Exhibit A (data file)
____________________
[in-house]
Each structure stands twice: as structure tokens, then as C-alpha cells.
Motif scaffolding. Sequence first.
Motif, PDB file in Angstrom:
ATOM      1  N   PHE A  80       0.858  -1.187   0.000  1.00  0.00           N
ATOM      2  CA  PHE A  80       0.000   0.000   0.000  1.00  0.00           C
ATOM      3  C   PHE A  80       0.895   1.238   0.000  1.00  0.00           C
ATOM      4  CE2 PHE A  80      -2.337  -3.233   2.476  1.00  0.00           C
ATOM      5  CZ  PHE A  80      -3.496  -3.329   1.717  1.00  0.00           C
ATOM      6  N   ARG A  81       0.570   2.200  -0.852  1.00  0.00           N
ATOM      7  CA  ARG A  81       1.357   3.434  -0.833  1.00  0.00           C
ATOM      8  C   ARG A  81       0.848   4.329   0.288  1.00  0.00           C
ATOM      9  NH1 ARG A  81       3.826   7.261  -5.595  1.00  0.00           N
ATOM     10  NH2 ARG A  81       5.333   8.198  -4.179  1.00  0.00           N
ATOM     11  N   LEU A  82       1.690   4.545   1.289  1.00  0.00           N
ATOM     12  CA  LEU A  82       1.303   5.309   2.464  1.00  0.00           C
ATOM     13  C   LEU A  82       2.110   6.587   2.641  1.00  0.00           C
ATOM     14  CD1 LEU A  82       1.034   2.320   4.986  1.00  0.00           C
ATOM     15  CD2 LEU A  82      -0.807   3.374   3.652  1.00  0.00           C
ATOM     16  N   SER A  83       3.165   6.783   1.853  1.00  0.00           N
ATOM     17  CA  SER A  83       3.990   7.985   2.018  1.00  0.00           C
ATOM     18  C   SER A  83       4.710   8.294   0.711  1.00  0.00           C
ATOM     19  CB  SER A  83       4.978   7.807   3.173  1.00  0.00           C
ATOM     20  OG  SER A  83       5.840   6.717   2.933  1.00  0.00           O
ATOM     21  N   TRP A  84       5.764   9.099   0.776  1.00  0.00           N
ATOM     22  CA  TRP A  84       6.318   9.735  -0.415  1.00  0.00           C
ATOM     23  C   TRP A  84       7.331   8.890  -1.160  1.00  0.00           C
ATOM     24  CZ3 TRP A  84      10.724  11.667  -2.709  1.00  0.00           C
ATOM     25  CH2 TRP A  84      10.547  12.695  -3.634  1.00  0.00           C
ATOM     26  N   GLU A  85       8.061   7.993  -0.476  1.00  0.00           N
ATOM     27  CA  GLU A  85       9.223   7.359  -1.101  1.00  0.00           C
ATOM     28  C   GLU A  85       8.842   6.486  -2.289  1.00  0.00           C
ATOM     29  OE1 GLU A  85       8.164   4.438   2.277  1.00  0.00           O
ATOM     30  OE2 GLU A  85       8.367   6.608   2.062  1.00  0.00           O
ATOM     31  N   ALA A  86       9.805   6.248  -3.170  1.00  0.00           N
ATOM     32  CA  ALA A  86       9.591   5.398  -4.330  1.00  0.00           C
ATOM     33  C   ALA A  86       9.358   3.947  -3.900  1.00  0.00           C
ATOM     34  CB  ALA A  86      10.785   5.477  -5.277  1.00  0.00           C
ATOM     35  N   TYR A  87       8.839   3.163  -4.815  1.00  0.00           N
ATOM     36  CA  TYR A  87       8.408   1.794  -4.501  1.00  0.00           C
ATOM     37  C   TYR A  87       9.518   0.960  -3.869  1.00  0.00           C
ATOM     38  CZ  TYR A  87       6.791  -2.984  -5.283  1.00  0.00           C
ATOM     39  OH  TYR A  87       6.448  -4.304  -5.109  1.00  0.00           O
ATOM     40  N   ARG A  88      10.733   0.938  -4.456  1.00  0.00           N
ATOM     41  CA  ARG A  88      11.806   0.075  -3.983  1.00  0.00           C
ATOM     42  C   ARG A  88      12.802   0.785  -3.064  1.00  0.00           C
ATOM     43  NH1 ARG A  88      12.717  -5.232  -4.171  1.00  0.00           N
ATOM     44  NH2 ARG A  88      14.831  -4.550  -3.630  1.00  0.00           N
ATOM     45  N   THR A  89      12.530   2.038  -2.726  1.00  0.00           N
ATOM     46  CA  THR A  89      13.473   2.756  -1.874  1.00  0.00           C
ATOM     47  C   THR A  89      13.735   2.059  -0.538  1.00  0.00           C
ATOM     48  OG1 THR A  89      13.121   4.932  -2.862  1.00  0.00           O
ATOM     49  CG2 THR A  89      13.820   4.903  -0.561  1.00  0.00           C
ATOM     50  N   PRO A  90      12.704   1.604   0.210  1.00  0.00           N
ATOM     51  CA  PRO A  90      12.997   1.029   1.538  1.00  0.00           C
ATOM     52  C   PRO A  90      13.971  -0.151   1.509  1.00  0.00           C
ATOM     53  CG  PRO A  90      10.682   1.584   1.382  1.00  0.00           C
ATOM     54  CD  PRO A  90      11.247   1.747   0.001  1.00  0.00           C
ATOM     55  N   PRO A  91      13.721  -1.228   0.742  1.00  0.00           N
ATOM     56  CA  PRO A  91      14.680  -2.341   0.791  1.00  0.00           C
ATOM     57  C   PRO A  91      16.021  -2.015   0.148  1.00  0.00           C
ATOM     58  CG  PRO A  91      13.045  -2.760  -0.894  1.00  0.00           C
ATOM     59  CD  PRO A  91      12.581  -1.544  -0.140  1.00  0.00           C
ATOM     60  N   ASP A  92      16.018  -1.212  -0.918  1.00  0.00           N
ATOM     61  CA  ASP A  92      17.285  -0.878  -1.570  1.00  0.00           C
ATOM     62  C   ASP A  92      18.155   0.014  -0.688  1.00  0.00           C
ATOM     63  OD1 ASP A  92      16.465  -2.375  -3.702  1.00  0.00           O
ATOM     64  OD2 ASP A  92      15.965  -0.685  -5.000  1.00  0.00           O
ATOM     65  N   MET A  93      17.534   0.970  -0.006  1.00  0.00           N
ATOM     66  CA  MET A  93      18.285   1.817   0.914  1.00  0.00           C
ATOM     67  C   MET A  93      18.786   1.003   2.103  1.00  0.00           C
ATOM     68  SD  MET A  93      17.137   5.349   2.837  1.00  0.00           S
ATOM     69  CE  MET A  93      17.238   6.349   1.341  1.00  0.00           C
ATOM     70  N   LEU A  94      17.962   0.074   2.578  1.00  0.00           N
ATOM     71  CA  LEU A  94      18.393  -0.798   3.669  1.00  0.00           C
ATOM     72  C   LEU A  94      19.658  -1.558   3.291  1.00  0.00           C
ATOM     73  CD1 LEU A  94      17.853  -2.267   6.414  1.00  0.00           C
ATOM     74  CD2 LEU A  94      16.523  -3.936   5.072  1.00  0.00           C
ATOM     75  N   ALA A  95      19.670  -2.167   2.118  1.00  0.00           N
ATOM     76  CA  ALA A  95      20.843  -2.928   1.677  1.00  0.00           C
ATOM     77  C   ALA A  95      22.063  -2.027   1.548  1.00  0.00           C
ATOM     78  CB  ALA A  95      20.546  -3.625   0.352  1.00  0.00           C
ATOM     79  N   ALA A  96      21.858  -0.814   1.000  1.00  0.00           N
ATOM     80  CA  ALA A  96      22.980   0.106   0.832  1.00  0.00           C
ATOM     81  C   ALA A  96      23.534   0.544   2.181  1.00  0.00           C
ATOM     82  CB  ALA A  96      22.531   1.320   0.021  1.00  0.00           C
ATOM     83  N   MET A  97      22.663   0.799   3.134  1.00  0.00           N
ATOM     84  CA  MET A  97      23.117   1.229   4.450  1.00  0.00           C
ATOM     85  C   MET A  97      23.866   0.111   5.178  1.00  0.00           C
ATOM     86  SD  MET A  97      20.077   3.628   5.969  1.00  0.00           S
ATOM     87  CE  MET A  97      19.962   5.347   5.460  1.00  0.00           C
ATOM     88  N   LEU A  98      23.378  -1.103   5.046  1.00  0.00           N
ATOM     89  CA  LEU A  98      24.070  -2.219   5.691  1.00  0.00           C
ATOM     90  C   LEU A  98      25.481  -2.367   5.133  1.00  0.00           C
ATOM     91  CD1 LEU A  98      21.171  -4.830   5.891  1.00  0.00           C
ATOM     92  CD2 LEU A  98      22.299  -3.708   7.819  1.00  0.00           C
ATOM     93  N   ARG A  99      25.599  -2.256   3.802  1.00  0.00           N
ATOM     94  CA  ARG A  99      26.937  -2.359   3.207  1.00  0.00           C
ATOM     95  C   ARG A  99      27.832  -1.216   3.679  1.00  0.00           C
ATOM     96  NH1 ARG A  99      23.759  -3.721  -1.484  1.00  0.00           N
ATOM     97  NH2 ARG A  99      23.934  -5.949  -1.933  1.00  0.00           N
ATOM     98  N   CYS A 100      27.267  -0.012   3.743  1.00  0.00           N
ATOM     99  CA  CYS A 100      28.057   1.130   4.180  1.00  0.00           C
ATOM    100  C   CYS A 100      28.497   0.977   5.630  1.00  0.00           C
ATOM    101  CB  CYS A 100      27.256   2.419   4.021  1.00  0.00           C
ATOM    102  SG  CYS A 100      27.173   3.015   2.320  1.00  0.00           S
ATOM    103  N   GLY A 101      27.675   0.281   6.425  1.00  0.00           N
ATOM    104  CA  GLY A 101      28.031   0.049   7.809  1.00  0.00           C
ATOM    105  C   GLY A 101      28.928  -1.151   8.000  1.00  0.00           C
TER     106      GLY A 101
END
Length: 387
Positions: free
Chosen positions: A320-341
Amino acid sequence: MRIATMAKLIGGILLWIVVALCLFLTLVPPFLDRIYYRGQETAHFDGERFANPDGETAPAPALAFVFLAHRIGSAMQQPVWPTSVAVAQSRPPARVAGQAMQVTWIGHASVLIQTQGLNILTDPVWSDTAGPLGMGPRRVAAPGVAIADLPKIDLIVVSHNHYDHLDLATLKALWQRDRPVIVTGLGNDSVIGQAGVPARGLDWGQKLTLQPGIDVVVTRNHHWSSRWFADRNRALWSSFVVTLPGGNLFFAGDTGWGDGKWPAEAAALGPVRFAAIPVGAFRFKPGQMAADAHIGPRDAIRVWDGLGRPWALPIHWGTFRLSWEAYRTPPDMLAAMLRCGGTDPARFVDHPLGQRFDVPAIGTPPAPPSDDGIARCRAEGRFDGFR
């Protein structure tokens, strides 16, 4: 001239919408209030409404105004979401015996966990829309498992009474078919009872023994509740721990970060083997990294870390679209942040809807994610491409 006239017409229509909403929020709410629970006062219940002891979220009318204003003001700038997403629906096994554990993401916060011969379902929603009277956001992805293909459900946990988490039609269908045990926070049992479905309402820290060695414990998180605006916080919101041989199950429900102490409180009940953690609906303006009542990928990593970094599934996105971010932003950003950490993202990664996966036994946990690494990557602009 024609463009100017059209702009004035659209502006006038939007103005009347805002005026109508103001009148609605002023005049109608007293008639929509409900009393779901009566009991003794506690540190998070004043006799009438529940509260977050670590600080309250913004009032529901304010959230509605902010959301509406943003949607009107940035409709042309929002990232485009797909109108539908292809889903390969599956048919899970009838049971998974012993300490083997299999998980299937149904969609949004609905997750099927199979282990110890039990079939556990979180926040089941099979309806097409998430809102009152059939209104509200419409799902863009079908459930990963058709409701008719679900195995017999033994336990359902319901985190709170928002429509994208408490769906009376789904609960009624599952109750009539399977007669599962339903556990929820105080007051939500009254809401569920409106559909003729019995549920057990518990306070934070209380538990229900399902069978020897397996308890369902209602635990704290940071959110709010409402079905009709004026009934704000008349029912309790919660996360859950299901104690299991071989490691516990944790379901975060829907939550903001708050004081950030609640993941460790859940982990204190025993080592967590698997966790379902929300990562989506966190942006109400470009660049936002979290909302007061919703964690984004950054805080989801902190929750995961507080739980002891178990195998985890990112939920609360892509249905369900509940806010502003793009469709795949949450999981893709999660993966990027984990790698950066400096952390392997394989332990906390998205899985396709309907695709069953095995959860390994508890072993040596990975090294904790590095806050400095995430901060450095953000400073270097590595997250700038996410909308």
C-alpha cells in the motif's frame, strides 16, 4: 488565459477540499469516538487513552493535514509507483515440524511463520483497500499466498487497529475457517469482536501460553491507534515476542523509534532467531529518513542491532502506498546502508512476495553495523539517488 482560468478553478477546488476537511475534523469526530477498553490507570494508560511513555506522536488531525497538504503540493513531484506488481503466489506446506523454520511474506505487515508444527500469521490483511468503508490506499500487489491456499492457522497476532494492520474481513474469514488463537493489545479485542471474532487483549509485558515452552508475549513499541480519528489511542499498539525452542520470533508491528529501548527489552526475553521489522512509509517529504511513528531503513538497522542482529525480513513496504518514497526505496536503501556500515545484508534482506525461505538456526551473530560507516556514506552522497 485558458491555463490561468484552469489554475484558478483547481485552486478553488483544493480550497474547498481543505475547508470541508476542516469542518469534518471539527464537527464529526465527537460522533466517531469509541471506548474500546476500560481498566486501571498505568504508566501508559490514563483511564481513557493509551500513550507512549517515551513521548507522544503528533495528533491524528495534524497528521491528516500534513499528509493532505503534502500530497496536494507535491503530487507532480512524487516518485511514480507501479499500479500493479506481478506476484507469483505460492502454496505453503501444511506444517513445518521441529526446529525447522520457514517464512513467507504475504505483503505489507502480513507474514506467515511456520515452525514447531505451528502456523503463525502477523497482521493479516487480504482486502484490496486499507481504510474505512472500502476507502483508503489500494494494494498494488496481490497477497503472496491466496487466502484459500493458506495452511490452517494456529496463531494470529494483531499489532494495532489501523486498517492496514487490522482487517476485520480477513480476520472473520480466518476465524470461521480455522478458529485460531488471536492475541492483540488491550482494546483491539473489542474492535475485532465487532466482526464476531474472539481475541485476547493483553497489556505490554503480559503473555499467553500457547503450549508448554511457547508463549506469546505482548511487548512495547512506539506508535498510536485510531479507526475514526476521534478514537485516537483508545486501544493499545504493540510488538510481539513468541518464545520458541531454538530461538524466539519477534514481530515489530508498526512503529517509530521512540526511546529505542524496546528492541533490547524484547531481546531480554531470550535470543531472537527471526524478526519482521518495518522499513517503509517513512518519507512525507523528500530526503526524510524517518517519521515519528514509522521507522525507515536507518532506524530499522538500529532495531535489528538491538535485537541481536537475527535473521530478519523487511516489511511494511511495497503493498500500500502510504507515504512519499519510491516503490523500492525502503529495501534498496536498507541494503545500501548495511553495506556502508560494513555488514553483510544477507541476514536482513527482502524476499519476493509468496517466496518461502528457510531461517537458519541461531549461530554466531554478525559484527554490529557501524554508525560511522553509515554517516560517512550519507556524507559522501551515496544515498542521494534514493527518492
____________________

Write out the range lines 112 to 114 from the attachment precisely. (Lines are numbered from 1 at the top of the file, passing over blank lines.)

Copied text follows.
Length: 387
Positions: free
Chosen positions: A320-341